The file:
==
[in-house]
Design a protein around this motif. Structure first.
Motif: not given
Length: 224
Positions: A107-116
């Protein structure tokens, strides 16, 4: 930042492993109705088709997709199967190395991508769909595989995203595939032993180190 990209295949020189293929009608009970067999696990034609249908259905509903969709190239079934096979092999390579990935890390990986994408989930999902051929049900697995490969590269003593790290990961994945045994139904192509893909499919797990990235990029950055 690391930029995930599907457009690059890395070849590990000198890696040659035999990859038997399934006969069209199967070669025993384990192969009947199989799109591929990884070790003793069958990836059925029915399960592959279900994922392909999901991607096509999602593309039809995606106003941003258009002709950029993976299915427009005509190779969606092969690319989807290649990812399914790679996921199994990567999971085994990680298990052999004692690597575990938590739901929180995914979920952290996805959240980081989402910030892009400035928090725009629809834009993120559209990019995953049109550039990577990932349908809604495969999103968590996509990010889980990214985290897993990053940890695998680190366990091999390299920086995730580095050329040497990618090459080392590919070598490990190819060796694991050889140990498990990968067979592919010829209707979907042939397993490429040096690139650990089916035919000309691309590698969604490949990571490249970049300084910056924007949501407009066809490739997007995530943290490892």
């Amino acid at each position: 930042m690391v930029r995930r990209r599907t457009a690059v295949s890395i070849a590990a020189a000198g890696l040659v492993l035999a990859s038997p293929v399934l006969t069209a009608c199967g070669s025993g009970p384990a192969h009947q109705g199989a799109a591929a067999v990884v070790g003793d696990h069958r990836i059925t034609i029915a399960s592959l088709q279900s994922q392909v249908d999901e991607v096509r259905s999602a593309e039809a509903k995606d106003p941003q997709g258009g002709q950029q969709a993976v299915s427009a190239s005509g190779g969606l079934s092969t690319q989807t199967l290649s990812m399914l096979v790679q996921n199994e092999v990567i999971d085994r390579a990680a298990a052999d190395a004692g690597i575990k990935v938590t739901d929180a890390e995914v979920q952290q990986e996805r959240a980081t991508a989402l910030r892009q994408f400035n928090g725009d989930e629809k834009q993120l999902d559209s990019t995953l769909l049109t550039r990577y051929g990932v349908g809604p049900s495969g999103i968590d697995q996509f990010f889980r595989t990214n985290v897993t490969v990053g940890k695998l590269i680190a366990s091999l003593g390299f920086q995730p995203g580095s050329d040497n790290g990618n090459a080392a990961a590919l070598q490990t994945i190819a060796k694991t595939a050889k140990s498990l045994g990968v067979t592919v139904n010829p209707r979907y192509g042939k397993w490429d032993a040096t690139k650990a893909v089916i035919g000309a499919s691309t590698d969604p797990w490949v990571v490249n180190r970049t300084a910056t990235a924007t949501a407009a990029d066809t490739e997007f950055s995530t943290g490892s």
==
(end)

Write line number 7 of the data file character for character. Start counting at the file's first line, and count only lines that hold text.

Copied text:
């Amino acid at each position: 930042m690391v930029r995930r990209r599907t457009a690059v295949s890395i070849a590990a020189a000198g890696l040659v492993l035999a990859s038997p293929v399934l006969t069209a009608c199967g070669s025993g009970p384990a192969h009947q109705g199989a799109a591929a067999v990884v070790g003793d696990h069958r990836i059925t034609i029915a399960s592959l088709q279900s994922q392909v249908d999901e991607v096509r259905s999602a593309e039809a509903k995606d106003p941003q997709g258009g002709q950029q969709a993976v299915s427009a190239s005509g190779g969606l079934s092969t690319q989807t199967l290649s990812m399914l096979v790679q996921n199994e092999v990567i999971d085994r390579a990680a298990a052999d190395a004692g690597i575990k990935v938590t739901d929180a890390e995914v979920q952290q990986e996805r959240a980081t991508a989402l910030r892009q994408f400035n928090g725009d989930e629809k834009q993120l999902d559209s990019t995953l769909l049109t550039r990577y051929g990932v349908g809604p049900s495969g999103i968590d697995q996509f990010f889980r595989t990214n985290v897993t490969v990053g940890k695998l590269i680190a366990s091999l003593g390299f920086q995730p995203g580095s050329d040497n790290g990618n090459a080392a990961a590919l070598q490990t994945i190819a060796k694991t595939a050889k140990s498990l045994g990968v067979t592919v139904n010829p209707r979907y192509g042939k397993w490429d032993a040096t690139k650990a893909v089916i035919g000309a499919s691309t590698d969604p797990w490949v990571v490249n180190r970049t300084a910056t990235a924007t949501a407009a990029d066809t490739e997007f950055s995530t943290g490892s």